Some state politicians had called for the University of Wisconsin-Madison to fire Kevin Barrett, a part-time instructor, after he spoke about his theories on a radio talk show last month.
The university provost, Patrick Farrell, said in a statement late on Monday: "We cannot allow political pressure from critics of unpopular ideas to inhibit the free exchange of ideas.
"To the extent that his views are discussed, Mr Barrett has assured me that students will be free and encouraged to challenge his viewpoint."
Barrett can present his view as one of many perspectives on the September 11 attacks on New York and Washington DC when he teaches Islam: Religion and Culture this fall, Farrell said.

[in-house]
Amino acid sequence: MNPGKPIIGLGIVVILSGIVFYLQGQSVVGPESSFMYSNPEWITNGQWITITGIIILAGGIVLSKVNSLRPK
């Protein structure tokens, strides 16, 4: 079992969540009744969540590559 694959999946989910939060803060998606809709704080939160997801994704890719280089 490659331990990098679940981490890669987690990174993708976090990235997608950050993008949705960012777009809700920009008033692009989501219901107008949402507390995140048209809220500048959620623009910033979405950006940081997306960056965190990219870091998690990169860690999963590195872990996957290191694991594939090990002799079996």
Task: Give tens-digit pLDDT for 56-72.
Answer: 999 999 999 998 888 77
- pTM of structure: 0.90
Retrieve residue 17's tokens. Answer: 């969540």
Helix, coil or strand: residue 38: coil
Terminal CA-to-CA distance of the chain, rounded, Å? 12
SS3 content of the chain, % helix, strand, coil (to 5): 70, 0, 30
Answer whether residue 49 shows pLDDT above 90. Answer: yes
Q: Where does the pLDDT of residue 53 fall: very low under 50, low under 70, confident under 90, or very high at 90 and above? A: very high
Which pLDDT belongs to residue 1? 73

Farrell began a review after Barrett said he believed the attacks were the result of a conspiracy designed to cause war in the Middle East.
Barrett said he was happy the school "did the right thing".
"This university is a pretty professional organisation that is not going to buckle from political pressure from politicians," he said.
Politicians who had called for Barrett's dismissal criticised the decision.
Matt Canter, a spokesman for the governor, Jim Doyle, said: "The governor would have come to a different conclusion about this."
Steve Nass, a state representative, said he would push next year for cuts to the university's budget.
The university does not endorse Barrett's theories, Farrell said, noting that they are widely believed in parts of the Muslim world.